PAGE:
Third, instead of formulating policies suitable for different players in the small credit landscape, the Authority Act imposes a ‘One Hat Fits All’ solution. Even though small credit providers, women’s organisations, cooperatives, Samurdhi societies, Sithambu societies, farmers’ organisations, and death donation societies are micro-credit providers in the literal sense, the credit facilities they offer are qualitatively different. Often, their credit programs are not governed by pro-profit motives. The proximity between community credit providers and borrowers commands more responsible and flexible lending. The fact that community creditors know the borrowers closely also ensures that the loans are utilised productively for income-generating activities. Many of the community credit providers have a long history going back to the Janasaviya program, recognised by the UN organisations and funded through the Janasaviya Trust Fund (National Development Trust Fund, later known as Sri Lanka Savings Bank before ceasing its operations). The debt bubble that big finance created, flooded societies with easy but expensive credit and outpaced small community credit providers. Women’s organisations and cooperatives protesting predatory microfinance lending underscore the distinct role they play and oppose generalisations as microfinance providers. However, the policymakers in tune with the finance lobby Lobby
A lobby is an entity organized to represent and defend the interests of a specific group by exerting pressure or influence on persons or institutions that hold power. Lobbying consists in conducting actions aimed at influencing, directly or indirectly, the drafting, application or interpretation of legislative measures, standards, regulations and more generally any intervention or decision by the Public Authorities.
have ignored these voices.

Commercialisation of microfinance industry

Fourth, the Regulatory Authority Act encourages further commercialisation of the microfinance industry. By barring space for community credit practices unless licensed by the Authority, the Act builds upon the failed policy enacted by the Microfinance Act of 2016. While licensing seems essential to keep predatory lenders at bay, what the regulation of 2016 did was encourage excessive commercialisation of the microfinance industry. Registering as a Licensed Microfinance company under the Central Bank Central Bank The establishment which in a given State is in charge of issuing bank notes and controlling the volume of currency and credit. In France, it is the Banque de France which assumes this role under the auspices of the European Central Bank (see ECB) while in the UK it is the Bank of England.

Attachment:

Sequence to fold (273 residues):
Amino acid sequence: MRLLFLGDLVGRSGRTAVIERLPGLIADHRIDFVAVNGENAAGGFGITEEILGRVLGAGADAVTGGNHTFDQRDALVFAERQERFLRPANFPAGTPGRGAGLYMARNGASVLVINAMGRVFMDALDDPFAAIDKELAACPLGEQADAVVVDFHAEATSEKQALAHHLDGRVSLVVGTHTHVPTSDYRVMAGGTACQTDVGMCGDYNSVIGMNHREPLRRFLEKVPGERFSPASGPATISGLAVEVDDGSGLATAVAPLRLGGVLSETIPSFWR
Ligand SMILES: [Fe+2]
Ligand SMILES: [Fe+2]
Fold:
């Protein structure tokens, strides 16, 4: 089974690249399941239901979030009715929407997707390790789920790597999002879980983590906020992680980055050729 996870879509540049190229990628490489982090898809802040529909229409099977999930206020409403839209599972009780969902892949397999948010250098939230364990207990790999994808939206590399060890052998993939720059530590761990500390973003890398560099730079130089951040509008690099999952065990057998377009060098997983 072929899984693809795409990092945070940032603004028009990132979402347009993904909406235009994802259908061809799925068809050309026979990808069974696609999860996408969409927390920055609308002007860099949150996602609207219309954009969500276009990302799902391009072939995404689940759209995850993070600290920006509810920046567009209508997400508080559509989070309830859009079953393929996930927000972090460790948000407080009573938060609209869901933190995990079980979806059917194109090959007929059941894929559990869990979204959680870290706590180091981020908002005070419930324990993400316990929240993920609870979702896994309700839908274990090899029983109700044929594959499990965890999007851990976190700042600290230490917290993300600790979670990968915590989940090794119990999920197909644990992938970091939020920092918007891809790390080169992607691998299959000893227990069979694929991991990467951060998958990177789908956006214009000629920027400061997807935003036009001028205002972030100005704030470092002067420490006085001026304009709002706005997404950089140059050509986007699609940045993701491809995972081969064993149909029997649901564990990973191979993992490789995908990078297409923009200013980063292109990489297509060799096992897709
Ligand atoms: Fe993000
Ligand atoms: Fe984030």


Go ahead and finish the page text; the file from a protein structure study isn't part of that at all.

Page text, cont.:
ECB : http://www.bankofengland.co.uk/Pages/home.aspx
required a minimum core capital of Rs. 150 million. Raising Rs. 150 million as core capital reserves suggests that the creditors would have to seek investors, probably by accessing global capital markets. Who would invest without expecting a greater return on their investments? Core capital requirement is a foolproof recipe to depart from the original conception of micro-lending to take a pro-profit turn. According to a former microfinance practitioner, the minimum core capital requirement is borrowed from the Banking Act. According to him, in the past, Rs. 150 million was adequate to establish a savings bank. Formulating regulations for small credit providers along the lines of banking regulations is unhealthy. Pro-profit microfinance companies in Sri Lanka now access bulk financing from impact investors, equity Equity The capital put into an enterprise by the shareholders. Not to be confused with ’hard capital’ or ’unsecured debt’. fund managers and foreign banks. The rapid inflow of foreign capital accelerated the lending spree that local finance companies engaged in, causing the microfinance crisis in the first place.

Flawed thinking behind the Act

Fifth, the flaws of the proposed Act reveal the flawed thinking behind the Act. To clarify, policymakers have ignored those directly affected by the microfinance crisis, i.e., the indebted women, community-based organisations, and cooperatives, during the consultative process. It is not an outlier but a general practice, as the women-led trade unionists have highlighted vis-à-vis consultations on labour law reforms. Parachute consultants and finance lobby have replaced the lessons learnt through the lived experiences of indebted women, community-based credit providers and cooperatives. The influence of the finance lobby on microfinance policymaking is not new. From jettisoning the MRSA from the Microfinance Act of 2016, raising the interest Interest An amount paid in remuneration of an investment or received by a lender. Interest is calculated on the amount of the capital invested or borrowed, the duration of the operation and the rate that has been set. rate cap on microfinance to 35% in 2018 and ensuring that big finance is not affected by the Regulatory Authority inform the power that the finance lobby wields over the policymakers and politicians. Protective shield over the finance companies engaging in microfinance business is further fortified by the four nominated Board of Directors of the Regulatory Authority. With four out of seven directors coming from “banking, finance, microfinance, accounting, law, administration” backgrounds, one could imagine how the interests of the finance companies would be protected at the cost of affected communities at the receiving end.